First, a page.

Monday, June 13, 2011
Made To Crave Monday - Chapter 16
Discussion questions for Chapter 16 of Made to Crave by Lysa TerKeurst
1. Have you ever been lured in by the promises of an infomercial or fad diet? What was it about the diet that appealed to you most? Did it guarantee quick results? Promise you could eat whatever you wanted and still lose weight? What about it made you think, 'Maybe, just maybe this one is a sure thing'? How did you feel when it didn't deliver as promised or you gained back the weight you'd lost?
Jill's answer: Oh, yes, I've been lured in by the promises of an informercial or fad diet! Let me count the ways...ha ha! I think the ones that have appealed most to me are ones that I've seen friends have success on. Seeing their results made me certain it would work for me, too. Sometimes it did, sometimes it didn't. But, in the long run, when I've gone off the plan, I've always wound up gaining back the weight. This has made me realize that eating healthy and exercising simply have to be part of my life, not a short term diet or restriction (unless I'm fasting and growing closer to God).
2. Lysa describes her experiences of diets as sacrificing for a season and then regaining the weight when she gets tired of sacrificing. Instead, she says she is now "on a journey with Jesus to learn the fine art of self-discipline for the purpose of holiness". What do you think about this distinction between diets and a journey with Jesus? How might your decisions about food and healthy eating change if you could really see them as part of a spiritual journey rather than a diet? Is this an idea that feels possible for you or unrealistic? Why?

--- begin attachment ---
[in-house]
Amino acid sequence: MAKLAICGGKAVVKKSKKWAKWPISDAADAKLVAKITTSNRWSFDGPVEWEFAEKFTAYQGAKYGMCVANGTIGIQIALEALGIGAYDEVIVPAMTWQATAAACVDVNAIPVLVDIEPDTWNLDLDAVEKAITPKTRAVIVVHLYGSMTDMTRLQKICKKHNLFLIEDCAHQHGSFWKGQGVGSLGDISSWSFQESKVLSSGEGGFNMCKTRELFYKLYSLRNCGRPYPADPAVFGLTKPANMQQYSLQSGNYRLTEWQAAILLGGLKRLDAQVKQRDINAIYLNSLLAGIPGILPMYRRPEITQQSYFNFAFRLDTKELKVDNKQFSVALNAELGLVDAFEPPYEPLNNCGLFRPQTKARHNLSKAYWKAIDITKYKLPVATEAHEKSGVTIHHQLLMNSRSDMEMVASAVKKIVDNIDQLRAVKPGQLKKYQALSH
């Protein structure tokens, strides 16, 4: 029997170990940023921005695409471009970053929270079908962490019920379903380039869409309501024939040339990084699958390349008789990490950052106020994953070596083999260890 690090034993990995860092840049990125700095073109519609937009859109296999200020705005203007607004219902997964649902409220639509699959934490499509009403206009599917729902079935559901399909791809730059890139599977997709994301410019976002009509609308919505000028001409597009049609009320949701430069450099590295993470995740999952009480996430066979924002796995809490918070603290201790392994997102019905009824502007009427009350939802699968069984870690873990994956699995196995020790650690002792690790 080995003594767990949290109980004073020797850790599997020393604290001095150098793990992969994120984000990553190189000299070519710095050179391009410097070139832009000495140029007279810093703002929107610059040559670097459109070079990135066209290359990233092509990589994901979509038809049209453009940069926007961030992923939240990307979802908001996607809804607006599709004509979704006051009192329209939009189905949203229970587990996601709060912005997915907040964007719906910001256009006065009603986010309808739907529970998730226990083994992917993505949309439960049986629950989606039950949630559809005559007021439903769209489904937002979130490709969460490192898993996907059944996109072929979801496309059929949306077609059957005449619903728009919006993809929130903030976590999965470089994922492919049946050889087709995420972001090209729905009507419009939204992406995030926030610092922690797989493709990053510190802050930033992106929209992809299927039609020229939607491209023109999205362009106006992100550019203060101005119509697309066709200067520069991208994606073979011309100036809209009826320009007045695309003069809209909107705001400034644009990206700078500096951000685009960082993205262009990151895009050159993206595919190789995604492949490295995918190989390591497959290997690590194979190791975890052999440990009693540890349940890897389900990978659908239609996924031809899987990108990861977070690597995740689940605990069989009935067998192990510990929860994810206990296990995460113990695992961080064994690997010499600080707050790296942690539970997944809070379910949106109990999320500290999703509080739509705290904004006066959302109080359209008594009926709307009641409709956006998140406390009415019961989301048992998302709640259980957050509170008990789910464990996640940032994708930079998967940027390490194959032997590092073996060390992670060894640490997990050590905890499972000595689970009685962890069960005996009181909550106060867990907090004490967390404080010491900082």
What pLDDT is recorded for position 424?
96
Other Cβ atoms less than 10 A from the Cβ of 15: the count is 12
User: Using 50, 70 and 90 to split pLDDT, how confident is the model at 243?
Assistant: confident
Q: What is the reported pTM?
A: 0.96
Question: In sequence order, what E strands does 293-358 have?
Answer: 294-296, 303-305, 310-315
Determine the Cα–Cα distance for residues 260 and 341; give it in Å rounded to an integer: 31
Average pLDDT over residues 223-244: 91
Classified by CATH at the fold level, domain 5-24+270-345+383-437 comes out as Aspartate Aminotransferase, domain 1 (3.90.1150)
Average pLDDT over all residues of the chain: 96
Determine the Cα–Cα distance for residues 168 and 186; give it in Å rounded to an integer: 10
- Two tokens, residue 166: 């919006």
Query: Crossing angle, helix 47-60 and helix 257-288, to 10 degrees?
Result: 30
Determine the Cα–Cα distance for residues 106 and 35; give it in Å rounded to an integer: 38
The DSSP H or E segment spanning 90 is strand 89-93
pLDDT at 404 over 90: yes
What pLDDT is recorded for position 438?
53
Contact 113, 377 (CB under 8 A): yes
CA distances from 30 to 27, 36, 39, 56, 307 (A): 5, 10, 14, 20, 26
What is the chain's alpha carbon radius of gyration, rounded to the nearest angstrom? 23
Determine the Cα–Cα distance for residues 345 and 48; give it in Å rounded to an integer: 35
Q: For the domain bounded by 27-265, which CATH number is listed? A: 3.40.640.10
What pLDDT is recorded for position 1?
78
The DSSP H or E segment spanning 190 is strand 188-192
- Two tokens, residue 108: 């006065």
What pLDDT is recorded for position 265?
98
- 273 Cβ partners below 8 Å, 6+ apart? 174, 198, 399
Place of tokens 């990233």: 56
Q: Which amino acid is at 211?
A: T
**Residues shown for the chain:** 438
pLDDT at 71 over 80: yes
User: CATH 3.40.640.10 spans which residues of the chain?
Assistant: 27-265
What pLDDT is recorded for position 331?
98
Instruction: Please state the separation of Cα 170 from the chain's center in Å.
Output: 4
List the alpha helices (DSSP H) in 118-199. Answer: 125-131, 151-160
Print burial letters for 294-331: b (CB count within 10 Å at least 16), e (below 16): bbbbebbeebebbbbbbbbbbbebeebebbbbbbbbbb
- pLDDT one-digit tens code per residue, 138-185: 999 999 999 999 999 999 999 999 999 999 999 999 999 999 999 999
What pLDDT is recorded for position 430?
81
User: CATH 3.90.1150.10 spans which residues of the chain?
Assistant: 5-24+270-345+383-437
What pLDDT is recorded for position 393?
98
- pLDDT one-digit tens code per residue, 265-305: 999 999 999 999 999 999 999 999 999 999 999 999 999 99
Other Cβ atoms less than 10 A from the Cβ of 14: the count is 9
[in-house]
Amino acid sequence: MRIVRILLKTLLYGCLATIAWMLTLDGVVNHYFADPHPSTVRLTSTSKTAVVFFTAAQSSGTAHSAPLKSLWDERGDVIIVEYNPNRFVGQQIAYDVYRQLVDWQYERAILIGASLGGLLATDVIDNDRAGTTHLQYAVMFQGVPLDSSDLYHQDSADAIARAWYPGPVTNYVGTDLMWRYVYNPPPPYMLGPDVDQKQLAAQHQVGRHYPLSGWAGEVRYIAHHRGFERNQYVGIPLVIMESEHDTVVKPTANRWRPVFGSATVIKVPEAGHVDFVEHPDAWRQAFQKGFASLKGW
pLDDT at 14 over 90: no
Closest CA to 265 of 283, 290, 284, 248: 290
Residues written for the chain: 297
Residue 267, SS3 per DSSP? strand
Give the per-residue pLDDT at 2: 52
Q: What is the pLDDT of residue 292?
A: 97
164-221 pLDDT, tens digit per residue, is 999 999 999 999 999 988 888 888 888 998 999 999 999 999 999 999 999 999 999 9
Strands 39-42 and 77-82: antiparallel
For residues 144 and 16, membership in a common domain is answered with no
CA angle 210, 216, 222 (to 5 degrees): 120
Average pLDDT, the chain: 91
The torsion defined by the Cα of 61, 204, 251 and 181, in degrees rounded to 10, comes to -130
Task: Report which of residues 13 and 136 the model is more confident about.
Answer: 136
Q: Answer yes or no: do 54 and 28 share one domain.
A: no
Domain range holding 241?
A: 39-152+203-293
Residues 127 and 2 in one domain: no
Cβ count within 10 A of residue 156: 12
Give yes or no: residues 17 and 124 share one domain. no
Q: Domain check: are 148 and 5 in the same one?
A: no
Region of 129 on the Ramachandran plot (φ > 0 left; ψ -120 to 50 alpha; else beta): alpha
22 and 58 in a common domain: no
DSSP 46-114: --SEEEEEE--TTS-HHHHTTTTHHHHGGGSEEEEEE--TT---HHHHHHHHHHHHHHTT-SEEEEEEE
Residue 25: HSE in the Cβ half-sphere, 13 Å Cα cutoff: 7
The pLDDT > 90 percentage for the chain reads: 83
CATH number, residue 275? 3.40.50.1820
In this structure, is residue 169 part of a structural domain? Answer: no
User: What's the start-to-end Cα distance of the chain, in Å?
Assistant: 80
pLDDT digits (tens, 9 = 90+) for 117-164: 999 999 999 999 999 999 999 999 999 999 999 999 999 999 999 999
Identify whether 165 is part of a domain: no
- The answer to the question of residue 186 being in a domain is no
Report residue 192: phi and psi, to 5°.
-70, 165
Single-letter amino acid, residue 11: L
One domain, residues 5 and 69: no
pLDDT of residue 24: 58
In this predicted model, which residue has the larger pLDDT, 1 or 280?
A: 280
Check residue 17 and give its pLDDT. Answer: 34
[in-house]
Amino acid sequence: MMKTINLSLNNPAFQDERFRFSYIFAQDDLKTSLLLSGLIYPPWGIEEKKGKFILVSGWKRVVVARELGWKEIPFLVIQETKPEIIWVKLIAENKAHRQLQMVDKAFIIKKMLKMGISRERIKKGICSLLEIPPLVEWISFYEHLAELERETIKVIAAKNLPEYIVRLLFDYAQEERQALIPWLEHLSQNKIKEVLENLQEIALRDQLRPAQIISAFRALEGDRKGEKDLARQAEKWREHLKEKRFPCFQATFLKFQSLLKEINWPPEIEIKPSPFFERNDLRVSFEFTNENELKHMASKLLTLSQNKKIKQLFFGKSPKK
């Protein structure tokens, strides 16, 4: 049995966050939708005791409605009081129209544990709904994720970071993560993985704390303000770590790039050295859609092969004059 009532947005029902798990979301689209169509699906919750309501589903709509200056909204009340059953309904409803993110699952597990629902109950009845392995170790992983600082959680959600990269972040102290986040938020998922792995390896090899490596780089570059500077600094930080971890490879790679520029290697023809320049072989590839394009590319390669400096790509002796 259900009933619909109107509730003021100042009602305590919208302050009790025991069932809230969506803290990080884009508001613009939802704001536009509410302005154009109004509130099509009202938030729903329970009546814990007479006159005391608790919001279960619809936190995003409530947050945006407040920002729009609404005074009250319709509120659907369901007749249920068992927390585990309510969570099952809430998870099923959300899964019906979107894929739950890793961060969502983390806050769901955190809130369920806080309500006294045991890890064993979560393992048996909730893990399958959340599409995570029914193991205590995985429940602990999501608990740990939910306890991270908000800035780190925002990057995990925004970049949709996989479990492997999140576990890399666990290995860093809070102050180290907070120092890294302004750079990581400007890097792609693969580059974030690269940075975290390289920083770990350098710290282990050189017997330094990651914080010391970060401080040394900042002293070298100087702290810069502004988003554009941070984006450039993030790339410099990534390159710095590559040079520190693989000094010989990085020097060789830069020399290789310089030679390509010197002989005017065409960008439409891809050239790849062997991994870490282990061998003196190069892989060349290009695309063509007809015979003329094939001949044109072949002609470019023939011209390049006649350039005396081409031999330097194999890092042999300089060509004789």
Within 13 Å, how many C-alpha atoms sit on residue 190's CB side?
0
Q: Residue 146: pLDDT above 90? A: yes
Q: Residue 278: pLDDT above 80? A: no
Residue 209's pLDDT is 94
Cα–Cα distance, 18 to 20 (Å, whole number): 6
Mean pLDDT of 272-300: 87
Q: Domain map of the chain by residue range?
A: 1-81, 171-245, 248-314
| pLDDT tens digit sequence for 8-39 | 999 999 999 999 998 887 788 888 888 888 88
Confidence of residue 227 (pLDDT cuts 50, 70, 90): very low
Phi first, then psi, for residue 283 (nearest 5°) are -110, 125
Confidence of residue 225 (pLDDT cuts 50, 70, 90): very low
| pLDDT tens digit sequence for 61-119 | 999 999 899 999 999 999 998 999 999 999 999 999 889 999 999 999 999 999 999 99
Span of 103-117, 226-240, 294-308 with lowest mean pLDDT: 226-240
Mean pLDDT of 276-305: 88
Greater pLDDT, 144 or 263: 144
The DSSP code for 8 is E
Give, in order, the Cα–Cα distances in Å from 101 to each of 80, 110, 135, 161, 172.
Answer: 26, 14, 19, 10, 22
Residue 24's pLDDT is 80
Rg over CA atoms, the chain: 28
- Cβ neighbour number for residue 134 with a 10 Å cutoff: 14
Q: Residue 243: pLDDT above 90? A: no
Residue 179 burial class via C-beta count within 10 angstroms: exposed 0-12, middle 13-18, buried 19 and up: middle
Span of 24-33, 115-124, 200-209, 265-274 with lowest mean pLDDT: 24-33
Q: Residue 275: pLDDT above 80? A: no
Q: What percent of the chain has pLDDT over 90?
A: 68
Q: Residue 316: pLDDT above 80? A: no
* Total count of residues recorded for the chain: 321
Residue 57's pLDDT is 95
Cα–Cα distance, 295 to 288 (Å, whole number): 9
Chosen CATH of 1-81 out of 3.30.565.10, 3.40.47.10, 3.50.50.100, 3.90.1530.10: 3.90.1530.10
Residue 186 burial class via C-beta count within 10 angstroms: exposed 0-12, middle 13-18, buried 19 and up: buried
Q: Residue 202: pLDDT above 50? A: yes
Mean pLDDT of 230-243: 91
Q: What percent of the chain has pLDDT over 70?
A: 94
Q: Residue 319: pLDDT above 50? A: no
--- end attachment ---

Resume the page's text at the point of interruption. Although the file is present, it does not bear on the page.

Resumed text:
Jill's answer: I guess I like to think of my whole life as a journey with Jesus and learning self control and healthy habits are just one part of that journey. I do think changing my mindset to view my entire relationship with food as something to submit to Jesus on a daily basis just as I would any struggle in life is way bettter than choosing to follow a rigid eating plan for a specific amount of time without dealing with the issues behind my struggle with food and weight. In these cases I usually start splurging as soon as the specific time is up (or even before at times). So, a day by day, step by step journey is probably a much more realistic approach to eating for me. It's hard though, because I'm a very impulsive person and prone to deciding to start some new plan, diet, or fad at the drop of a hat. Self control is key in this area for me, I believe!
3. "God is faithful; He will not let you be tempted beyond what you can bear. But when you are tempted, He will also provide a way out so that you can stand up under it" (1 Cor 10:13). This is a promise with which many of us who grew up in church are very familiar, maybe too familiar. Do you believe, and really believe way down deep, that this promise applies to you and your temptations with food? For Lysa God's "way out" is to plan in advance what she will eat. How hard is it for you to look for a way out when temptation catches you off guard?